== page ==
To boost online sales, Campbell Soup makes its recipes shoppable
To boost online sales, Campbell Soup Co. is making all 3,000 recipes on its Campbell’s Kitchen website shoppable.
Here’s how it works: When people select the “Get Ingredients” tab at the bottom of a recipe and enter their ZIP code, they’ll get a list of retailers that deliver to their area, such as AmazonFresh, Instacart and Peapod. The shopper is redirected to the delivery service’s site, where a list of all the ingredients they need for a given recipe pops up. When the customer places an order, Campbell gets an undisclosed cut of all the product sales, Campbell’s brand or not.
Matt Pritchard, vp of digital marketing at the Campbell Soup Co., said the service eliminates the need to hunt for ingredients outside of the website. “Consumers shop very differently now,” he said. “They expect things to be there in an instant.”
Campbell’s Kitchen, as the company’s largest online property, gets 20 million visits a year, Pritchard said. If the service takes off, it’ll be rolled out outside the U.S., to the Campbell’s Kitchen app and perhaps its Alexa skill. Campbell partnered with tech provider Chicory to make its recipes shoppable.
Campbell’s sales in segments like soup and fresh foods have declined. The company reported a net loss of $475 million in the third quarter of 2018, shares hit a five-year low and CEO Denise Morrison stepped down. Pritchard joined Campbell in June 2017 with a goal of bringing in $300 million in e-commerce sales over the next five years. Right now, e-commerce only makes up a little more than 1 percent of the company’s overall sales, said Pritchard. Shoppable recipes mark the latest example of the company’s push into delivery. In February, Campbell started selling meal kits with Chef’d, after investing $10 million in the company.
Several marketers expressed doubt about the shoppable recipes approach, saying people won’t automatically purchase all ingredients from just viewing a recipe.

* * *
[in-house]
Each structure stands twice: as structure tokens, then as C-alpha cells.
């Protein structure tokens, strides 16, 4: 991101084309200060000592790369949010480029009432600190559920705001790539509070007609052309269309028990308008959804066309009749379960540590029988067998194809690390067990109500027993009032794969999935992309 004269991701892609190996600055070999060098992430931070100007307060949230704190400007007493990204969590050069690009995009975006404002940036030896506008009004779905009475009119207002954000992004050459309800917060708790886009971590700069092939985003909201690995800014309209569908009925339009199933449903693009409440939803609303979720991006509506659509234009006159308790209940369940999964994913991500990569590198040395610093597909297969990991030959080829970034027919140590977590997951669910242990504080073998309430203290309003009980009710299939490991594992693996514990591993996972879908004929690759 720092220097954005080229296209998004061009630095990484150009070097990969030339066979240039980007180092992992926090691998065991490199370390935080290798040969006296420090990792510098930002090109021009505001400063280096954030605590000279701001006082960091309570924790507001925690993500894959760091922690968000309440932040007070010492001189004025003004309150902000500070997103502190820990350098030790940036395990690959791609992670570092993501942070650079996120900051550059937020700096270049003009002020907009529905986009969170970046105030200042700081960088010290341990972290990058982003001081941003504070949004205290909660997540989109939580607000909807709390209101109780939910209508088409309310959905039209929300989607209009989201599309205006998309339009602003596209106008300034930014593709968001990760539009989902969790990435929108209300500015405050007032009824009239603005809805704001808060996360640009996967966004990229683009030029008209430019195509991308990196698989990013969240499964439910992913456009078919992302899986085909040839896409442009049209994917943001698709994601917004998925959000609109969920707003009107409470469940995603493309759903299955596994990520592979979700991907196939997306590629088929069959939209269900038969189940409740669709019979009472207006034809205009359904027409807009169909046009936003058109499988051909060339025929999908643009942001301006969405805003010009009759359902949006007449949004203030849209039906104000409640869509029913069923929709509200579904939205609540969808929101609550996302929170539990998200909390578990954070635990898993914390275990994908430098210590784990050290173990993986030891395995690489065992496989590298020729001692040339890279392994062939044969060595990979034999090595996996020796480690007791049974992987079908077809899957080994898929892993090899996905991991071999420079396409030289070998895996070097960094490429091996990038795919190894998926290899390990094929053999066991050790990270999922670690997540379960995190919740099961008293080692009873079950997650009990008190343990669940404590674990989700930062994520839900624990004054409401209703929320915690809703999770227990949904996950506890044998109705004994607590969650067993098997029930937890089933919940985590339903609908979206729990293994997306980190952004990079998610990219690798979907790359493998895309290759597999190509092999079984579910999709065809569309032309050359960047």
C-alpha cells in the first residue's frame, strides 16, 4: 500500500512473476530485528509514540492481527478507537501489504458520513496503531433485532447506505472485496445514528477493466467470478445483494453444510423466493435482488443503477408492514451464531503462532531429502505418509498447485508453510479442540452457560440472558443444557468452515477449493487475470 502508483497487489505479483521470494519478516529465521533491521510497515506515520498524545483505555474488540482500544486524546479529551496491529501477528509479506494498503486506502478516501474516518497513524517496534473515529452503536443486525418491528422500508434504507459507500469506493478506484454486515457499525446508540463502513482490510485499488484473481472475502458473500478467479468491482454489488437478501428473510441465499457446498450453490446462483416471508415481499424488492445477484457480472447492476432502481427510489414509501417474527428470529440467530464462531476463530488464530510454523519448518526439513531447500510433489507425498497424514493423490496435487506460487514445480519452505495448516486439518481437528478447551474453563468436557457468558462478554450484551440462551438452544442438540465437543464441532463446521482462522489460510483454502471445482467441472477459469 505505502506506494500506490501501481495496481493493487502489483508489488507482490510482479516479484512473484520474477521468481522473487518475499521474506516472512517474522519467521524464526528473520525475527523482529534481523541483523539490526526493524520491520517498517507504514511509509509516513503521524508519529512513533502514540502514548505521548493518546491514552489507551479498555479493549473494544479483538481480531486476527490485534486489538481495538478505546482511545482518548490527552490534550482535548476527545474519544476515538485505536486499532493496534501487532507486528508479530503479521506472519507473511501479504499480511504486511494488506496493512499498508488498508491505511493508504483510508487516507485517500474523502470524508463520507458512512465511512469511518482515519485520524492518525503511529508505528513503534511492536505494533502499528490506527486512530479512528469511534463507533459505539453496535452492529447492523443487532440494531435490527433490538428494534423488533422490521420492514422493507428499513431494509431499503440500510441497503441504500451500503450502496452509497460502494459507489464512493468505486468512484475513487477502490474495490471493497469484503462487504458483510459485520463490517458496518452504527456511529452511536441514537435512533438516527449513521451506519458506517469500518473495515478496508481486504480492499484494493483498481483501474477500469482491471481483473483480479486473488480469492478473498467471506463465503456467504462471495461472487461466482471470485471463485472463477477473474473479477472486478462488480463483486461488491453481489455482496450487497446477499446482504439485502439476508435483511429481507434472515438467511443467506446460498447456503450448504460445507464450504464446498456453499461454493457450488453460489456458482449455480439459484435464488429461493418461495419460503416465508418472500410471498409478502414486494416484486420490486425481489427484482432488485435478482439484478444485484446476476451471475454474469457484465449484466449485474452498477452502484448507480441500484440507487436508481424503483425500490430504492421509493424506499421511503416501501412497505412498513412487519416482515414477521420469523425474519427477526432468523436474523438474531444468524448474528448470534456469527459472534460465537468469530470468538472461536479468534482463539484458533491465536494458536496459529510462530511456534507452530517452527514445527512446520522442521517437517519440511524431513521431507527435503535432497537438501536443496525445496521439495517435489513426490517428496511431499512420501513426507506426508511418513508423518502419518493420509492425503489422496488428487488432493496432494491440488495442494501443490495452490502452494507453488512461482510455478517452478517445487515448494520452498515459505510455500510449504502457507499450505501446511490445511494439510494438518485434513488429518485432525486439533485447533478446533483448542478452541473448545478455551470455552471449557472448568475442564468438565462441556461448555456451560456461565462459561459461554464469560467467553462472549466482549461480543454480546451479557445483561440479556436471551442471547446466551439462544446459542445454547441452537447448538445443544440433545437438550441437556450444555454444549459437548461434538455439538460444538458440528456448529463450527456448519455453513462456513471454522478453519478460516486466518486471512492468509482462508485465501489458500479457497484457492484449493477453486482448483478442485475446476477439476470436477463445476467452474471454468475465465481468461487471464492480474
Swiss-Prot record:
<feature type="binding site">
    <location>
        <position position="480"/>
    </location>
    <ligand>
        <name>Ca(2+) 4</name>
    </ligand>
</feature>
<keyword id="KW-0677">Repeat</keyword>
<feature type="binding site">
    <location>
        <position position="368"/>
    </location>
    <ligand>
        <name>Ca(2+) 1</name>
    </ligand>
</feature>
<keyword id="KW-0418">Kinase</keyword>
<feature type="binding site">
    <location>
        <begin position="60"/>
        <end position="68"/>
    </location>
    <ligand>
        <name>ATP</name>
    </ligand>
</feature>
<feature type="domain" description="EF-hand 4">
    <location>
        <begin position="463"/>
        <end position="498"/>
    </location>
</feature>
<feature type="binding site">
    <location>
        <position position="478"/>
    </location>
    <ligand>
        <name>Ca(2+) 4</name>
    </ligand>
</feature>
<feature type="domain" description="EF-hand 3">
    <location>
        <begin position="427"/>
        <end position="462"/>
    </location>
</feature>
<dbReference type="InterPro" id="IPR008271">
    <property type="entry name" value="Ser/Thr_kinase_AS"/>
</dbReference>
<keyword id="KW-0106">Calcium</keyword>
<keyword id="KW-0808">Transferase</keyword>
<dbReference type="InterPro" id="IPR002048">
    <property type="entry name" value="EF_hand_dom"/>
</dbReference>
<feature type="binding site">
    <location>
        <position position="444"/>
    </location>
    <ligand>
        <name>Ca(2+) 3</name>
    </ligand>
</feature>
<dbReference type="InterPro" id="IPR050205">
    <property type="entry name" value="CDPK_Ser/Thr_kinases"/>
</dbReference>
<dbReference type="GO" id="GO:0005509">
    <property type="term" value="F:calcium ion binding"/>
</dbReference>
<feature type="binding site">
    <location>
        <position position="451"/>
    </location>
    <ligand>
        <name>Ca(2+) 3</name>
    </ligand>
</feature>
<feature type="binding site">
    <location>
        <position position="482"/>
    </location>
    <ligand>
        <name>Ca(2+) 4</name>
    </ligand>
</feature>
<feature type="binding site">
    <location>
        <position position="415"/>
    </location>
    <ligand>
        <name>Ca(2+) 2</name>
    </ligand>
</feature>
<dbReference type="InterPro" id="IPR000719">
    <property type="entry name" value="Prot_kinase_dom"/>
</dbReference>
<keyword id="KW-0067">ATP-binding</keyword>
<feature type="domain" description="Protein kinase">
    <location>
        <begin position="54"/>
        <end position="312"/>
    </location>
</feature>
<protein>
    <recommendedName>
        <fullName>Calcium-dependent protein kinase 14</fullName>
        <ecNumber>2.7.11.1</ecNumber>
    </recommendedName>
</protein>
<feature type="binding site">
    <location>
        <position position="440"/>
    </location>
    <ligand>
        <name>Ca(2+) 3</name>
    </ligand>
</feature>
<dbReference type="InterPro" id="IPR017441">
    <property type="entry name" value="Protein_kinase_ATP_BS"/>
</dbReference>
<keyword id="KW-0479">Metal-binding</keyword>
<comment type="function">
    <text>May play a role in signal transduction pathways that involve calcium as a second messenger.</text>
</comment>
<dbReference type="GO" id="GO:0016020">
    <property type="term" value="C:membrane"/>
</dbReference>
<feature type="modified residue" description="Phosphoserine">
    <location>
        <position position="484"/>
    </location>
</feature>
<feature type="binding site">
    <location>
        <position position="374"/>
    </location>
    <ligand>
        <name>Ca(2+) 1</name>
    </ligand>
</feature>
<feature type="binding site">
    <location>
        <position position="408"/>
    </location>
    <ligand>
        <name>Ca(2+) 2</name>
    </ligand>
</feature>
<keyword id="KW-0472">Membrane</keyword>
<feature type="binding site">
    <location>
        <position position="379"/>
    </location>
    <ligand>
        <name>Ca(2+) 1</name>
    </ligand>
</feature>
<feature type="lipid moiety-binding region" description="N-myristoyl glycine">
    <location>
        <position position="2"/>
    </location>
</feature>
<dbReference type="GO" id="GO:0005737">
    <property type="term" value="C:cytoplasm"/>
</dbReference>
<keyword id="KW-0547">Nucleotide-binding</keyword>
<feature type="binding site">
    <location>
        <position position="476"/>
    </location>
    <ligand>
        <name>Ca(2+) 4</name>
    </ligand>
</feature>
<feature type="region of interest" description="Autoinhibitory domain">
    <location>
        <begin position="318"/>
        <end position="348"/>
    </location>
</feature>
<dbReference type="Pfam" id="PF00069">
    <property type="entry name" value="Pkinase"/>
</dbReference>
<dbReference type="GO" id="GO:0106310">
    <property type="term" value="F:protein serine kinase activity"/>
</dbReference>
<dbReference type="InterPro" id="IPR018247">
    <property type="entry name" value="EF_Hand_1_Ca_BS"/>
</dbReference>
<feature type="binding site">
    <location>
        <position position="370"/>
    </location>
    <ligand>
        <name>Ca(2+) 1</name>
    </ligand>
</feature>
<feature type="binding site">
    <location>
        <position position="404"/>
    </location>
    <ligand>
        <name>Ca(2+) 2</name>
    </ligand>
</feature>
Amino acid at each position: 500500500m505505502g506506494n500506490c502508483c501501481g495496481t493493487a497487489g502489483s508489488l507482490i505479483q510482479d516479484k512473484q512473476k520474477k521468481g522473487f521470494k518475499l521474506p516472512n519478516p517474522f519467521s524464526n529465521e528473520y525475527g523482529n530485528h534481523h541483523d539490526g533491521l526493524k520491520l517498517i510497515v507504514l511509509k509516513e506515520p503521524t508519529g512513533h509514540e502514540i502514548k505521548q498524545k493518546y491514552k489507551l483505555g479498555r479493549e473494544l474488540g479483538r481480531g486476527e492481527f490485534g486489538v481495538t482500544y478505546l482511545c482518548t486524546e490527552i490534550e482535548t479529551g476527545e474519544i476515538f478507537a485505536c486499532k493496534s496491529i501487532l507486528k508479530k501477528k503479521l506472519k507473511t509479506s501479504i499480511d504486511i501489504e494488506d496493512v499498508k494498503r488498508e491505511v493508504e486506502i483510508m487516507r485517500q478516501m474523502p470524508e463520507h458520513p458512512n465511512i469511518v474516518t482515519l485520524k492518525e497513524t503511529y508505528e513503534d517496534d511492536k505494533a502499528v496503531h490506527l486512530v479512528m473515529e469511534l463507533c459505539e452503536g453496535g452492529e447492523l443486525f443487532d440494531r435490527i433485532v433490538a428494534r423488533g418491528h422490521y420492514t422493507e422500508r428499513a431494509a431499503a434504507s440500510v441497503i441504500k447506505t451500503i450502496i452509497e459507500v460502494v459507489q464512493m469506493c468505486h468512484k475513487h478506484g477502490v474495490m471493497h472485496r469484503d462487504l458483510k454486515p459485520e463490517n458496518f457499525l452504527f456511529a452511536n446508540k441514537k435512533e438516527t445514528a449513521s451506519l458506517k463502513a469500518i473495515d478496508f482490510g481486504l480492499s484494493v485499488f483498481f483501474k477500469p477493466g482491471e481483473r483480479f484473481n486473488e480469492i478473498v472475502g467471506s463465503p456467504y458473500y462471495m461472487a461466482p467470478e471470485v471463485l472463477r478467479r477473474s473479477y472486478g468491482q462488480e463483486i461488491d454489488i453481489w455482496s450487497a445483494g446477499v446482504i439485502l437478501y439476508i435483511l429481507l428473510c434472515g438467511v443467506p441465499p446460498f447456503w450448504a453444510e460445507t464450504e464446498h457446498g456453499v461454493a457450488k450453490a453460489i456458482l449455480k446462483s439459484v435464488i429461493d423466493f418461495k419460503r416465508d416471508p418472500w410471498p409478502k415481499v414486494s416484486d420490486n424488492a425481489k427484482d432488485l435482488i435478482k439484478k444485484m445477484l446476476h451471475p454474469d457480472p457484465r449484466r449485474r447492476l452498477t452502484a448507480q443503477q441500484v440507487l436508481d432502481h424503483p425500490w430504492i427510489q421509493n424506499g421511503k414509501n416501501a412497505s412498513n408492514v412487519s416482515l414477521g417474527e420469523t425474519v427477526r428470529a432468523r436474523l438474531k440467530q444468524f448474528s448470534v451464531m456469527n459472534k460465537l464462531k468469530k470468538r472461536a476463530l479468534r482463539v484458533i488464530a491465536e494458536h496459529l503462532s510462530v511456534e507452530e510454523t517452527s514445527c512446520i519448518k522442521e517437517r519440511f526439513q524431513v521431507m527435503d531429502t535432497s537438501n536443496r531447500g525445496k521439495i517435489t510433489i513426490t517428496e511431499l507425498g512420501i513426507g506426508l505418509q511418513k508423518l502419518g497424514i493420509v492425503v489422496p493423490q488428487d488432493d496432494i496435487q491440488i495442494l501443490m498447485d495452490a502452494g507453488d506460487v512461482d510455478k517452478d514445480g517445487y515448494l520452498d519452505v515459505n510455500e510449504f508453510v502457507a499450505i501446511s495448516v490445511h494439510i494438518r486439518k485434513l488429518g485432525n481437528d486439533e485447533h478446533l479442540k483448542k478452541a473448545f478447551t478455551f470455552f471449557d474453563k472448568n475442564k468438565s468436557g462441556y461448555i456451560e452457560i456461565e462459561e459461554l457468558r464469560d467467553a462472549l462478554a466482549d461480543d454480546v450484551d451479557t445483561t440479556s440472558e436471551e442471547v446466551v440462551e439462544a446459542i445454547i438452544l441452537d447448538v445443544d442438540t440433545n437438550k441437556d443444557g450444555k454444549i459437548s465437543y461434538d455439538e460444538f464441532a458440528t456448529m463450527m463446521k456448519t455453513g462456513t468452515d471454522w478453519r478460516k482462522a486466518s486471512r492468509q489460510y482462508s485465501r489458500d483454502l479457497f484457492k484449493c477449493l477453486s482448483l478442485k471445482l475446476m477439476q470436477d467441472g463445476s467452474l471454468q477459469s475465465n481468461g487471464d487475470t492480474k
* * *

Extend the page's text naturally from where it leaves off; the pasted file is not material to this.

“While people will pay for convenience, as evidenced by all the meal-prep delivery services, restaurant delivery and even grocery delivery services like Instacart, but this one from Campbell’s may be a bit too niche,” said an agency exec.
‘More dollars to experiential’: Why Walmart is still using experiential marketing to pitch Walmart+ — even during coronavirus crisis
The company is working with influencers and media partners to bring some of the missed “special moments” that had been canceled throughout 2020 to life.
Member Exclusive‘Don’t have the luxury of doing good’: The age of dissonance continues at this year’s ANAs — and beyond
When there’s an on-going global pandemic that’s crippling whole brand categories, it was hard to hear the CMOs speaking at the ANAs.
Twitch emerges as rising platform for beauty brands
Twitch’s over 17.5 million daily active users are gaining growing attention from companies well beyond the traditional gaming world.
SponsoredPublishers must strengthen their relationships with brands and customers
Zara Erismann, MD Publisher EU, LiveRamp In today’s market of tightening data regulations — and with the end of third-party cookies now around the corner — it is critical that publishers focus on optimizing their data strategies to ensure and strengthen close relationships with their audience. In a recent report, The State of Publishing: Monetizing […]
‘Show we’re listening’: Why agencies are lending office furniture, offering WiFi stipends to employees as new pandemic-era perks
With a hybrid reality in the offing, rethinking perks to include ways to make working from home better for employees has become a focus for leaders.
‘Shopping patterns will feel longer and flatter’: Gap’s CMO on preparing for holiday campaigns
Mary Alderete on the upended marketing calendar and Gap’s plans to lean into the extended holiday season this year.